MSP Film reimagines St. Anthony Main Theater

All five auditoriums will show MSP Film offerings in April


A long-time dream of the Minneapolis-St. Paul Film Society (MSP Film) is about to come to fruition. The site of the MSP Film Society at St. Anthony Main Theatre, 115 SE Main in Minneapolis, has closed, but will reopen its doors in April to an expanded film experience for its viewers. It will also be open for the MSP International Film Festival slated for spring, which was held virtually in 2021.
Instead of the one auditorium available for showings during the year, all five auditoriums will have MSP Film offerings as the organization takes over operation of the entire theater, relaunching it as MSP Film at the Main.
“We have had a lot of theaters close in the last couple years,” said Susan Smoluchowski, executive director of MSP Film, “including Edina and the Uptown. The owners came to us and asked if we might think about moving (to those theaters). It seemed very clear to us that we would prefer to stay where we are, on the river.
“So we started on making this happen in earnest. It came as the result of many factors. We wanted to create a real foothold for ourselves in Minneapolis.”
The fact that 2022 is MSP Film’s 60th birthday as an organization was an added inspiration, according to Jesse Bishop, director of programming.

“This helped give us the drive to continue to do the type of things we do in a broader and more intentional way,” he said.
“The renovation is just beginning,” Smoluchowski said. “We want to refurbish in phases. The first phase entails cleaning, spiffing it up, painting and getting rid of the old carpeting. No structural changes will be made just yet.” She said they also want to address any technical updates that are needed to make viewers’ experiences that much better.
While the theater is closed for the cleaning and painting, MSP Film will continue to offer films virtually for its film fans. “We are going to meet our audience where they are,” Bishop said. “We have found many enjoy the virtual option, but of course we believe when it is safe to use the big screen, people will want to see films in person and react with friends, families and other film lovers.”
He said the expansion is a really exciting opportunity. “There is no shortage of good cinema out there, and we’ve done a good job bringing it to audiences. We can look at the love of film from all new different angles, show retrospectives and delve into the culture of movies.” Bishop said the expansion will provide far more opportunities for MSP Film to gather together with local cultural artists and activism organizations.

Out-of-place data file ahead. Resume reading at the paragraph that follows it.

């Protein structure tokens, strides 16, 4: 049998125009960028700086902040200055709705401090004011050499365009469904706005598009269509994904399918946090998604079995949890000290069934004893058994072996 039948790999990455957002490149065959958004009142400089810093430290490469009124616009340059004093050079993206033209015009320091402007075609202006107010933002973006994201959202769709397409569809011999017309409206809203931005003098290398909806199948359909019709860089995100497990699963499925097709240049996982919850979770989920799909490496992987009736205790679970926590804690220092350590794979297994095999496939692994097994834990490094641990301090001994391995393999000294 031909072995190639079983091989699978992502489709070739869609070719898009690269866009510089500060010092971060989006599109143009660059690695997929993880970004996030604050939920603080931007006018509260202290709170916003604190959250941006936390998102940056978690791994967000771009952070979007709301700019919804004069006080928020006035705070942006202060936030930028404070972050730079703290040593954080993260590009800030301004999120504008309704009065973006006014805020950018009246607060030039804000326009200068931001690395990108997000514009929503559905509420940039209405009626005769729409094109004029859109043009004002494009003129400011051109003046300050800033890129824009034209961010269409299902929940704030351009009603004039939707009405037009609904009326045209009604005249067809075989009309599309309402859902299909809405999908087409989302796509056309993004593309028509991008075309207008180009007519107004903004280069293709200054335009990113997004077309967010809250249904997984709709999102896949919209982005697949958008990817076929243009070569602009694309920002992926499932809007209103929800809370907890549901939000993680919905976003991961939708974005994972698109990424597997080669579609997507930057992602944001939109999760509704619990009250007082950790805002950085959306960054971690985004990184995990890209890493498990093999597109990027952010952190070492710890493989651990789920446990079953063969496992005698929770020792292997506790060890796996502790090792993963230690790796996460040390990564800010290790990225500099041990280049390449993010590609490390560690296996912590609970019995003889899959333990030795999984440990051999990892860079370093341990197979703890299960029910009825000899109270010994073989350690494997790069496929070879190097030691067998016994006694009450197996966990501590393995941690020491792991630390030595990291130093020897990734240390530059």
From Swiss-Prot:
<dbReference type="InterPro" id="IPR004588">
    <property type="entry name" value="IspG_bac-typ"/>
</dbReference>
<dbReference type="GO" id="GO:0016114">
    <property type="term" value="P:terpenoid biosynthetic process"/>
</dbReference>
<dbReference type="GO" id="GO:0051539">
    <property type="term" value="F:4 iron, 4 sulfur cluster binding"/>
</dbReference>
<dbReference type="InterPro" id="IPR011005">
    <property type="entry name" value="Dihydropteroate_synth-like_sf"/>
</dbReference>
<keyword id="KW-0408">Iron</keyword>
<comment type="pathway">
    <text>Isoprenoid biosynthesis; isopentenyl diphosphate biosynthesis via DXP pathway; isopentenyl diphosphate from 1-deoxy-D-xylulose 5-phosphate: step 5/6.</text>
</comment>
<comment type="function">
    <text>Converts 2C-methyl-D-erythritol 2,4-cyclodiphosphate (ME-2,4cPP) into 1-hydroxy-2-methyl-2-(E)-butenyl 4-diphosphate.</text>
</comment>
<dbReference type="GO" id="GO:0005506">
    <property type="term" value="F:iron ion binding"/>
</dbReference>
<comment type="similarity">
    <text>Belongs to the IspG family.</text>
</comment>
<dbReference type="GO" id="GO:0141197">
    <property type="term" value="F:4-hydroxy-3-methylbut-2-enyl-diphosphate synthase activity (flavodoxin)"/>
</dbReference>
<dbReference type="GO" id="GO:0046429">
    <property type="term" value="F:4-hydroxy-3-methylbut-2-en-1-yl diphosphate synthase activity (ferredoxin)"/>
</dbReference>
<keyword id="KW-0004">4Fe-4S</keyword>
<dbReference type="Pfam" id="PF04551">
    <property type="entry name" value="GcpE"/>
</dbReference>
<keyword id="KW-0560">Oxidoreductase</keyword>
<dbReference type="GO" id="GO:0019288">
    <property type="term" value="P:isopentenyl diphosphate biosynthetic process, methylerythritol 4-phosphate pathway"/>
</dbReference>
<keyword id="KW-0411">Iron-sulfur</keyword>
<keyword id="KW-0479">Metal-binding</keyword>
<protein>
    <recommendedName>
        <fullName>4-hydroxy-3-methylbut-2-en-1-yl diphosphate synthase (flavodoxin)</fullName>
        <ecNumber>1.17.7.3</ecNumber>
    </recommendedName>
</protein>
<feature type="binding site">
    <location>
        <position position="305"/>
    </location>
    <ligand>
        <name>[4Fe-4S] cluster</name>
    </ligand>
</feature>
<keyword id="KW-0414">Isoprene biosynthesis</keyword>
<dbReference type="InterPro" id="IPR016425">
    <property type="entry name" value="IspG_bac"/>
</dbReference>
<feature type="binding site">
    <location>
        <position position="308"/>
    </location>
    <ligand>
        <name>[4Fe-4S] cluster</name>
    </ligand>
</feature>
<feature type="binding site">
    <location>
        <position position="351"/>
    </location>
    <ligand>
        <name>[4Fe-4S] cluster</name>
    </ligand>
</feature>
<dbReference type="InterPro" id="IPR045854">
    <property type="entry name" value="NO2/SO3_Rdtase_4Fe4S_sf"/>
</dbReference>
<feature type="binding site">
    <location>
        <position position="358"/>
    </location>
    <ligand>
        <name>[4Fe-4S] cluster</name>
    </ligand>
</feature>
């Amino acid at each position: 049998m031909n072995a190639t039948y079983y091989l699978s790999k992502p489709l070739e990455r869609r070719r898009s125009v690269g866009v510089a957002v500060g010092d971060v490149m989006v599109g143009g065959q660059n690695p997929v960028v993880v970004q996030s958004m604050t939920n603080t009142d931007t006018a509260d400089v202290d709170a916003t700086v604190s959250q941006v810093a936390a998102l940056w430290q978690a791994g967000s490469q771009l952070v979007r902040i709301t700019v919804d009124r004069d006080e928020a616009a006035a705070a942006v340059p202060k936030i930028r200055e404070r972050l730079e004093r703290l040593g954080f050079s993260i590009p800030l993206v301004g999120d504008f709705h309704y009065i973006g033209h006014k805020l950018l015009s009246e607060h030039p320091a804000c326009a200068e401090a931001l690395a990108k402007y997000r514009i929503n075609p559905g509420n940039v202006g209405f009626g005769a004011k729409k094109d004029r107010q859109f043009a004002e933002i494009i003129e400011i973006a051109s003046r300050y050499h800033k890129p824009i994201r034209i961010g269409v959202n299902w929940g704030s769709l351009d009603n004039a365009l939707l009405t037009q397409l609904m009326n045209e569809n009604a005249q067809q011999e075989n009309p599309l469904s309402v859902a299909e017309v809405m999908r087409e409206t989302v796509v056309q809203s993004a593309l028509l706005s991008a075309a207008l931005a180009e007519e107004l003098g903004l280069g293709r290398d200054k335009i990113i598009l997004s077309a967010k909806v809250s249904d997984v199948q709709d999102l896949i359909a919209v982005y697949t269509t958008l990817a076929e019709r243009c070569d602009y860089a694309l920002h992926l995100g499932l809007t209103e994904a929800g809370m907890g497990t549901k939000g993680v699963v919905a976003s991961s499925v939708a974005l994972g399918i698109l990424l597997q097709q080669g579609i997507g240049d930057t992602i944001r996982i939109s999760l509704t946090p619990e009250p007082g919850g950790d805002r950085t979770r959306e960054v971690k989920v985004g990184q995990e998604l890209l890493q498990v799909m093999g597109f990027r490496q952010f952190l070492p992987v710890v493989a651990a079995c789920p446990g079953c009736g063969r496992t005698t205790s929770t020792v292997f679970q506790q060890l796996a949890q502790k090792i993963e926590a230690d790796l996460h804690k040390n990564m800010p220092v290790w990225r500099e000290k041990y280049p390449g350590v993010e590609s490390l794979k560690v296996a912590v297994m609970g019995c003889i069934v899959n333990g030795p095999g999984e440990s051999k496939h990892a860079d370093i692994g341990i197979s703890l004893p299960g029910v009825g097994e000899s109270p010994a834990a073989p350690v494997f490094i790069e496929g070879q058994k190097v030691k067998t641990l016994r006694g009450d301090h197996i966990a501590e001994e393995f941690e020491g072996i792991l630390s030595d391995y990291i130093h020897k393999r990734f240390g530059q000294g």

“We have had such great responses to our announcement from some of the groups we have long partnered with and also those we want to partner with in the future,” said Smoluchowski. “We definitely need help from our community to make it work.”
More staff will be hired as plans progress for the re-opening of the theater. “The experience of going to movies at the Main will be completely controlled by the Film Society staff,” explained Bishop. “We will be hiring and training staff and gearing up for the festival.”
Smoluchowski said MSP Film wants its staff to be diverse and “reflect the many cultures that our films present each year. This is a real opportunity to hire from the BIPOC and international communities. That is something we are very excited about, as well.”

The various smaller festivals will continue to be shown at MSP on the Main, such as Cine Latino. “One of the benefits of having five auditoriums is that we can do things in a more deliberate way,” Smoluchowski noted.
“We will see more voices and more perspectives throughout the year,” added Bishop. “We’ll be developing both educational and valued encounters similar to what we have done at the festival. There will be many more opportunities throughout the year for us to Zoom in directors and also do more with local filmmakers.”
Current films scheduled virtually as of this interview include “Hives" from Kosovo and “France" from France. “Those were two of the best films of 2021,” Bishop said. MSP Film will also continue its collaboration with the Capri and the Minnesota Historical Society to present films followed by discussion the first Thursday of every month at the Capri Theater.
“With the Great Northern Festival coming up, we are showing ‘After Antarctica’ at the Science Museum with Will Steeger in attendance,” Bishop continued. He said MSP Film will also be showing “Hockeyland” and “Breaking Trail” at the Parkway Theater in February. “Breaking Trail” tells the story of Emily Ford, the first woman and first person of color to hike the Ice Age Trail in winter.
Bishop said MSP Film is also working with the Italian Film Festival, which will be held at the Landmark Center in St. Paul. “This will be our first year working with the Landmark Center,” Smoluchowski said. “We had an agreement in 2020, but then had to cancel because of the pandemic. This year it will happen.
“This move is a great thing for our organization and our audiences, but also a great thing for the city,” Smoluchowski said. “Most major cities have a film center, and we have an opportunity to bring this to this city in the 21st century to make a real splash on that side of the river.” She said it would have both a cultural and economic impact for Minneapolis.
Bishop said that underlying the excitement is the chance for film viewers to come back into the theater. “I think of the movies as like going to a concert; it’s something you’re yearning to do. Once people get back out there and try it, they will realize what they’ve been missing.”


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